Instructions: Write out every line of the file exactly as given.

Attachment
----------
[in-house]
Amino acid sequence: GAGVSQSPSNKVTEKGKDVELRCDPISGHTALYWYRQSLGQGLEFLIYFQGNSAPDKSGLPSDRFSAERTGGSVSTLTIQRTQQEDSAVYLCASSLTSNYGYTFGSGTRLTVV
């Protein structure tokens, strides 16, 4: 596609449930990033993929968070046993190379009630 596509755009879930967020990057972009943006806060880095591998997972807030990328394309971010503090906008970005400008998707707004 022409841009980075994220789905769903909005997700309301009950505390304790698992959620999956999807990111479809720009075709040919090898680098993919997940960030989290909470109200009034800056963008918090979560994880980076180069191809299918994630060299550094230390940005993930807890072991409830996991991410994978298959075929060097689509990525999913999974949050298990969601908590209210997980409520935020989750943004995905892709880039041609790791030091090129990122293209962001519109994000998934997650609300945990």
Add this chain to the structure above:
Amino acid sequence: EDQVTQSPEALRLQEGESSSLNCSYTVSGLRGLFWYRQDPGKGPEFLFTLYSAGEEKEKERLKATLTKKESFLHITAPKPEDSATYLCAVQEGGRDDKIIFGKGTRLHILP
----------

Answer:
[in-house]
Amino acid sequence: GAGVSQSPSNKVTEKGKDVELRCDPISGHTALYWYRQSLGQGLEFLIYFQGNSAPDKSGLPSDRFSAERTGGSVSTLTIQRTQQEDSAVYLCASSLTSNYGYTFGSGTRLTVV
């Protein structure tokens, strides 16, 4: 596609449930990033993929968070046993190379009630 596509755009879930967020990057972009943006806060880095591998997972807030990328394309971010503090906008970005400008998707707004 022409841009980075994220789905769903909005997700309301009950505390304790698992959620999956999807990111479809720009075709040919090898680098993919997940960030989290909470109200009034800056963008918090979560994880980076180069191809299918994630060299550094230390940005993930807890072991409830996991991410994978298959075929060097689509990525999913999974949050298990969601908590209210997980409520935020989750943004995905892709880039041609790791030091090129990122293209962001519109994000998934997650609300945990």
Add this chain to the structure above:
Amino acid sequence: EDQVTQSPEALRLQEGESSSLNCSYTVSGLRGLFWYRQDPGKGPEFLFTLYSAGEEKEKERLKATLTKKESFLHITAPKPEDSATYLCAVQEGGRDDKIIFGKGTRLHILP